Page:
Current Stem Cell Reports

, Volume 4, Issue 2, pp 158–165 | Cite as

Molecular Moirai: Long Noncoding RNA Mediators of HSC Fate

  • Nathaniel Magilnick
  • Mark P. Boldin
Role of Classical Signaling Pathways in Stem Cell Maintenance (A Cardoso and N Carlesso, Section Editors)
Part of the following topical collections:
  1. Topical Collection on Role of Classical Signaling Pathways in Stem Cell Maintenance


Purpose of Review

Hematopoiesis is an ordered developmental process that requires dynamic regulation to warrant proper response to physiological challenges and prevent malignancies. Long noncoding RNAs are emerging as key, multi-faceted regulators of gene expression. This review explores the function of lncRNAs in the control of hematopoietic stem cell (HSC) homeostasis and hematopoietic differentiation.

Recent Findings

Multiple lncRNAs have been implicated in maintaining HSC stemness and enabling progenitors to carry out the correct programs of lineage differentiation. Specific lncRNAs have been identified that regulate the differentiation of multipotent progenitors into terminally differentiated blood cells. These lncRNAs predominantly act by assisting master regulators that drive specific differentiation programs, either by enhancing or repressing the transcription of particular genomic loci.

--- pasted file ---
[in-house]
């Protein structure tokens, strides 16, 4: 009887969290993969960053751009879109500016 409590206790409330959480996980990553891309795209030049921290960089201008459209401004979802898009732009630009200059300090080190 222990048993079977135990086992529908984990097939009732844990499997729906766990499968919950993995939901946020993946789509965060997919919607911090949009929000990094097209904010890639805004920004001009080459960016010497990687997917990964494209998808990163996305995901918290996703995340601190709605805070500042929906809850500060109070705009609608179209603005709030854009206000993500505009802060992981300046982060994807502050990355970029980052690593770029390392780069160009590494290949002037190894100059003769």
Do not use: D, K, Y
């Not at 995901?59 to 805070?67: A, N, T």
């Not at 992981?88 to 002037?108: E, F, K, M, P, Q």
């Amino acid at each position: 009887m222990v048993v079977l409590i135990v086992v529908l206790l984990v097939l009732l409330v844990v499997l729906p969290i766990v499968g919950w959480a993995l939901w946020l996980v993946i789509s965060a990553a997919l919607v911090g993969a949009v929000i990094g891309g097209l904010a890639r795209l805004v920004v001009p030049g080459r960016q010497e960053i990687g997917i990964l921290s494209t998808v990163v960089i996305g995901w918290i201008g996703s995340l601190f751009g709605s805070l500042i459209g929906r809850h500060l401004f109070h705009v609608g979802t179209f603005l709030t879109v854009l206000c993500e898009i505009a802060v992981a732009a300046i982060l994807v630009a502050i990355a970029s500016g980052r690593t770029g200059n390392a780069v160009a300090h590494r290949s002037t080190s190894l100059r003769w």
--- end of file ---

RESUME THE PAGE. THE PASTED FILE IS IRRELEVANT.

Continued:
Long noncoding RNAs contribute to the correct differentiation and maturation of various hematopoietic lineages by assisting with the activation of transcriptional programs in a time- and cell-dependent manner.


Hematopoiesis Long noncoding RNA HSC Cell fate Differentiation 


Funding information

This work was supported by the National Cancer Institute of the NIH under Award P30CA033572. This work was funded in part by the NIH AI125615, the Nesvig Lymphoma Research Fund at the City of Hope and the Research Career Development award (to M.P.B.) by the STOP CANCER Foundation.

Compliance with Ethical Standards

Conflict of Interest

Nathaniel Magilnick and Mark P. Boldin declare that they have no conflict of interest.

Human and Animal Rights and Informed Consent

This article does not contain any studies with human or animal subjects performed by any of the authors.


The content is solely the responsibility of the authors and does not necessarily represent the official views of the NIH.


Papers of particular interest, published recently, have been highlighted as: • Of importance •• Of major importance

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Copyright information

© Springer International Publishing AG, part of Springer Nature 2018

Authors and Affiliations

  1. 1.Department of Molecular and Cellular BiologyBeckman Research Institute at the City of HopeDuarteUSA

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